Pre-Wreck

Sofia started buzzing around the group trying to get this Sailor’s attention. He kept talking to the adults. I thought to myself that this was a mistake. Retract!! Retract!!

But after a few long minutes he finally said very loudly and with mock exasperation, “Yes, little girl…what can I do for you?” Just as loudly, Sofia replied, “Thank you for being brave on the boat! I like your boat!!!”

Everyone stopped talking. His eyes filled with tears. His wife became teary. So did the others with them. I walked over to see what was wrong and his wife said to me under her breath, “Thank you for her words. You have no idea how much they mean. This is the last time he can visit the ship. This is his last time here.”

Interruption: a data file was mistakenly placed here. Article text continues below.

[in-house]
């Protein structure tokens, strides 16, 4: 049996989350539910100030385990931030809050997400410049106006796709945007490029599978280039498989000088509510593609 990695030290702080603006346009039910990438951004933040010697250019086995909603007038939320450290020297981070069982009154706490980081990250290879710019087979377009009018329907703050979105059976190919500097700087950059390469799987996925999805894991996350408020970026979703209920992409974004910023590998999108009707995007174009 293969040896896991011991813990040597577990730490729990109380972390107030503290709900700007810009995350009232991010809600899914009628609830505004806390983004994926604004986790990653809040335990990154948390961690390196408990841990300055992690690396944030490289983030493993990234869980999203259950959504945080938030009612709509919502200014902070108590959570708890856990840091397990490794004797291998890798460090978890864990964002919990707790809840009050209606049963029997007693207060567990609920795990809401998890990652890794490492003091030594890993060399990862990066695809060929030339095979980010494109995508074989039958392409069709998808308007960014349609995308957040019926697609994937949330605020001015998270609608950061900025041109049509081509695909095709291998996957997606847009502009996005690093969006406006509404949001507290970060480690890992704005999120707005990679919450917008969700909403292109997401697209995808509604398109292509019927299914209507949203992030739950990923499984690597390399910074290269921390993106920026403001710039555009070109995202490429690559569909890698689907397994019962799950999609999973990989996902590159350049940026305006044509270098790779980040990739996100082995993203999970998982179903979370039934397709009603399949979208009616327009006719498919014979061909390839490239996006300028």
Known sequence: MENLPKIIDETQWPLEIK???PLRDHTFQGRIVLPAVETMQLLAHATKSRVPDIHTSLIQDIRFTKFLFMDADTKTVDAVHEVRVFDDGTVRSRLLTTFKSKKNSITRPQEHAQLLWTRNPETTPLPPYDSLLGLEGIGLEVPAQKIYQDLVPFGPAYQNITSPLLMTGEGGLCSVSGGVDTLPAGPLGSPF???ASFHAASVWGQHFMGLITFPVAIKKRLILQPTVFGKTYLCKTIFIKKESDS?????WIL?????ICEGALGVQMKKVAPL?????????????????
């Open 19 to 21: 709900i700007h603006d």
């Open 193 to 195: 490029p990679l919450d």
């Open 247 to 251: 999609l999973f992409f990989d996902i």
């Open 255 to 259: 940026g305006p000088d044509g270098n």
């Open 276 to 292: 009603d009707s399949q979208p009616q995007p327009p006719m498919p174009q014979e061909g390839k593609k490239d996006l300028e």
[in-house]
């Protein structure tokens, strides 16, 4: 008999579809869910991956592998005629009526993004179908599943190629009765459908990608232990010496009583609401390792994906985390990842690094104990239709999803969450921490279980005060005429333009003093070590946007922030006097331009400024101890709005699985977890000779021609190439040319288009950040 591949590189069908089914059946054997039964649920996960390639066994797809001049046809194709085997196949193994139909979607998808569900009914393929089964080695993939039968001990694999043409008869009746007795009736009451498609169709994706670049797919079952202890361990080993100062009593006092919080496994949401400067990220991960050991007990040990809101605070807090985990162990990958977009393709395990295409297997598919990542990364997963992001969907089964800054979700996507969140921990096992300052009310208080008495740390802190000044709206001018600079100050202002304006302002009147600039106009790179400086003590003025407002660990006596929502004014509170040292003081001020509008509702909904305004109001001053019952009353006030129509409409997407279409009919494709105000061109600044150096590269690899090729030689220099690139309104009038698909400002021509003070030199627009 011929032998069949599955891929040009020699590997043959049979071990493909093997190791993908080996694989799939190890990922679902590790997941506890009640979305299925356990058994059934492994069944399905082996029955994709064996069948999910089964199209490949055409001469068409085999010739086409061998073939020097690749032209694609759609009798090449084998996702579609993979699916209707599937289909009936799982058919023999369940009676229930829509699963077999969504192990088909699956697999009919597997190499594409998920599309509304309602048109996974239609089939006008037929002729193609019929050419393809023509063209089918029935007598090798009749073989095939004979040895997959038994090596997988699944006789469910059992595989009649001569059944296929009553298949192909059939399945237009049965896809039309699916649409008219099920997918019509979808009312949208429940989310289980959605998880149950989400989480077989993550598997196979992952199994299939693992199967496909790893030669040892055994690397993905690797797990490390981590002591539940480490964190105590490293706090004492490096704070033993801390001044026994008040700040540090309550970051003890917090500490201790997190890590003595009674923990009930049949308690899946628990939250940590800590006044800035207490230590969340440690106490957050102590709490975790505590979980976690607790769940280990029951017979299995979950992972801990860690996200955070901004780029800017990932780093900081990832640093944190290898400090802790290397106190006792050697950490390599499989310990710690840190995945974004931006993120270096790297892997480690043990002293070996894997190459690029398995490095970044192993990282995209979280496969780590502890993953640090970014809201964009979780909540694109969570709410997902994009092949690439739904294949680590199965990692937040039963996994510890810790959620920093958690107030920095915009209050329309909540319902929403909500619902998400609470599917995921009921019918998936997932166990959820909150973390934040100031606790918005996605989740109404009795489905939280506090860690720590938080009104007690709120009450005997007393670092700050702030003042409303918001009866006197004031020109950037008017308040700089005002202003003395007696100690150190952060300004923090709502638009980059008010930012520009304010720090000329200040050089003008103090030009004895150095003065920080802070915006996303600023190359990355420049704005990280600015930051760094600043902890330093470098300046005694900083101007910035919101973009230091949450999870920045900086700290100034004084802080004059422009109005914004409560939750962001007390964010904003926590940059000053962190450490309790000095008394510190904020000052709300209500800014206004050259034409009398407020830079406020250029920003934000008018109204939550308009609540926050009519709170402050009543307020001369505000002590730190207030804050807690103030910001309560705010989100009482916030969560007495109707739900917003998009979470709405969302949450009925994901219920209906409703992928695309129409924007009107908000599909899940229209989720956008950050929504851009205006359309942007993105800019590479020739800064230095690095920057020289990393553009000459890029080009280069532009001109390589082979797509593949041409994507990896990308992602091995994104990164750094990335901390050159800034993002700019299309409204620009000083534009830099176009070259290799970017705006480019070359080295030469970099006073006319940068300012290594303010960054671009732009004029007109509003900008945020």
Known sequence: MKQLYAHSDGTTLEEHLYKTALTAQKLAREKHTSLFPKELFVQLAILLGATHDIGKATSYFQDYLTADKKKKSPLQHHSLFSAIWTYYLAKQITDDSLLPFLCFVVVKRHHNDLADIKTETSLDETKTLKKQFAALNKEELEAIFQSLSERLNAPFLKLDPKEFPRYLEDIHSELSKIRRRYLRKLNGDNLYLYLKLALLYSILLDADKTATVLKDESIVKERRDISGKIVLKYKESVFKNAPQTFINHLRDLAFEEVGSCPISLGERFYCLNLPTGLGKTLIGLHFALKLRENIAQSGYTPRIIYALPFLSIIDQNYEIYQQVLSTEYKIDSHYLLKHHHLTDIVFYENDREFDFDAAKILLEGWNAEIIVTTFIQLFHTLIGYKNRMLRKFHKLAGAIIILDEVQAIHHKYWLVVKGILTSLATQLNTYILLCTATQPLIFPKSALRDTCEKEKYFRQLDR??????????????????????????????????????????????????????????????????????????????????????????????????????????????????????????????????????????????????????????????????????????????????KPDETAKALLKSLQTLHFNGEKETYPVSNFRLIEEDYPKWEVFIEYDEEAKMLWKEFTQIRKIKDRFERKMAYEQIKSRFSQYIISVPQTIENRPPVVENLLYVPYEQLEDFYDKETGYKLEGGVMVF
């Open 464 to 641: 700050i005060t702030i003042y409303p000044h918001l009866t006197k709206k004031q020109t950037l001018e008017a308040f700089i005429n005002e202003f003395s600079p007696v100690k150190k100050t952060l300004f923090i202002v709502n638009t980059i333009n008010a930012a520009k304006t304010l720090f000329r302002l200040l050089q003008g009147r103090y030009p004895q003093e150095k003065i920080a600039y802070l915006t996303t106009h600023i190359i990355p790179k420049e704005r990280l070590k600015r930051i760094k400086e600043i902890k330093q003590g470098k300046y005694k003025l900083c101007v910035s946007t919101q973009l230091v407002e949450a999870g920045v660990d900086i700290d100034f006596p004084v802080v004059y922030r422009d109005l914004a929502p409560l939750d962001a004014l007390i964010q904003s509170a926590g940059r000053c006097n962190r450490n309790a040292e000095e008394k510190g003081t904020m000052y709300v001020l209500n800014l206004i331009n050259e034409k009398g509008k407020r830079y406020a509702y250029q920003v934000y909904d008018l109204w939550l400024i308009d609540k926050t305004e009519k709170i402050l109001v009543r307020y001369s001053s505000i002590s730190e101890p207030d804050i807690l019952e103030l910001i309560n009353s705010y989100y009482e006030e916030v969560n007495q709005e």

Then It Hit Me

As we walked away I started thinking about my Mom. She’s from the Philippines and if it wasn’t for American G.I.s, she might not be here, then I wouldn’t be here and Sofia wouldn’t be here. And I don’t remember thanking a single one of those thousands of Soldiers, Sailors, Marines and Airmen.

So that night I went home, did some research, and adopted a U.S. Soldier who was deployed to the mountains of eastern Afghanistan. I never imagined where that first step would lead me.

My adopted soldier's Combat Outpost in the mountains of eastern Afghanistan

My adopted soldier’s combat outpost in the mountains of Afghanistan.

© Gina left the mall, 2012